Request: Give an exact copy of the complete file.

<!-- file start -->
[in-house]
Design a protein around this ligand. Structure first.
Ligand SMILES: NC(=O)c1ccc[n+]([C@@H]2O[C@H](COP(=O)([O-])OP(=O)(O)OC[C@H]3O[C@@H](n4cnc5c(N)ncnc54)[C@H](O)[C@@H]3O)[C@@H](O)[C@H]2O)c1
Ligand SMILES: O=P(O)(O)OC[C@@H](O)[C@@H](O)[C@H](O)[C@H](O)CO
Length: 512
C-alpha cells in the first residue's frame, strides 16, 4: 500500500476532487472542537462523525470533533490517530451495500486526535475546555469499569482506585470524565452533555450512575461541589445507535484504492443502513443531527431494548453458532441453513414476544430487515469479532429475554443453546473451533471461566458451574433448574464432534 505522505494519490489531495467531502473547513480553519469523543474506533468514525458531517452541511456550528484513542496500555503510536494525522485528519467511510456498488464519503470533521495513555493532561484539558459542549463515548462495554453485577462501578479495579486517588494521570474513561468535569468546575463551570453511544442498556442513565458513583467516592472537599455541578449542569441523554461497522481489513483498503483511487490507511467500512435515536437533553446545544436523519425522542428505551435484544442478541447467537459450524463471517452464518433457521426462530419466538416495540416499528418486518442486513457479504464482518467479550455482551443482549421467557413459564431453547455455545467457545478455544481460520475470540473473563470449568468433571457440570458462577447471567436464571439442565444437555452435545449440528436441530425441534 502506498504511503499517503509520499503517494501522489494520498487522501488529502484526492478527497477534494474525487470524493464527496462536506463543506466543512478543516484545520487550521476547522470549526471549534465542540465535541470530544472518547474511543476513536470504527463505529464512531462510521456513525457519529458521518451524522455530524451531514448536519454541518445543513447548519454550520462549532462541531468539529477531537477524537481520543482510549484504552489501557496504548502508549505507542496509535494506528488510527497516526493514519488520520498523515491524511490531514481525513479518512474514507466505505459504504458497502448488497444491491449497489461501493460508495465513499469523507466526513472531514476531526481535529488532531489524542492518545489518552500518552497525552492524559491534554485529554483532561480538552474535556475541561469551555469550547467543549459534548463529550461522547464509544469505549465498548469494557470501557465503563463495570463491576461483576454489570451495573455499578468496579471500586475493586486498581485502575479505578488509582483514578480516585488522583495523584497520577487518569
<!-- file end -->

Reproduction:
[in-house]
Design a protein around this ligand. Structure first.
Ligand SMILES: NC(=O)c1ccc[n+]([C@@H]2O[C@H](COP(=O)([O-])OP(=O)(O)OC[C@H]3O[C@@H](n4cnc5c(N)ncnc54)[C@H](O)[C@@H]3O)[C@@H](O)[C@H]2O)c1
Ligand SMILES: O=P(O)(O)OC[C@@H](O)[C@@H](O)[C@H](O)[C@H](O)CO
Length: 512
C-alpha cells in the first residue's frame, strides 16, 4: 500500500476532487472542537462523525470533533490517530451495500486526535475546555469499569482506585470524565452533555450512575461541589445507535484504492443502513443531527431494548453458532441453513414476544430487515469479532429475554443453546473451533471461566458451574433448574464432534 505522505494519490489531495467531502473547513480553519469523543474506533468514525458531517452541511456550528484513542496500555503510536494525522485528519467511510456498488464519503470533521495513555493532561484539558459542549463515548462495554453485577462501578479495579486517588494521570474513561468535569468546575463551570453511544442498556442513565458513583467516592472537599455541578449542569441523554461497522481489513483498503483511487490507511467500512435515536437533553446545544436523519425522542428505551435484544442478541447467537459450524463471517452464518433457521426462530419466538416495540416499528418486518442486513457479504464482518467479550455482551443482549421467557413459564431453547455455545467457545478455544481460520475470540473473563470449568468433571457440570458462577447471567436464571439442565444437555452435545449440528436441530425441534 502506498504511503499517503509520499503517494501522489494520498487522501488529502484526492478527497477534494474525487470524493464527496462536506463543506466543512478543516484545520487550521476547522470549526471549534465542540465535541470530544472518547474511543476513536470504527463505529464512531462510521456513525457519529458521518451524522455530524451531514448536519454541518445543513447548519454550520462549532462541531468539529477531537477524537481520543482510549484504552489501557496504548502508549505507542496509535494506528488510527497516526493514519488520520498523515491524511490531514481525513479518512474514507466505505459504504458497502448488497444491491449497489461501493460508495465513499469523507466526513472531514476531526481535529488532531489524542492518545489518552500518552497525552492524559491534554485529554483532561480538552474535556475541561469551555469550547467543549459534548463529550461522547464509544469505549465498548469494557470501557465503563463495570463491576461483576454489570451495573455499578468496579471500586475493586486498581485502575479505578488509582483514578480516585488522583495523584497520577487518569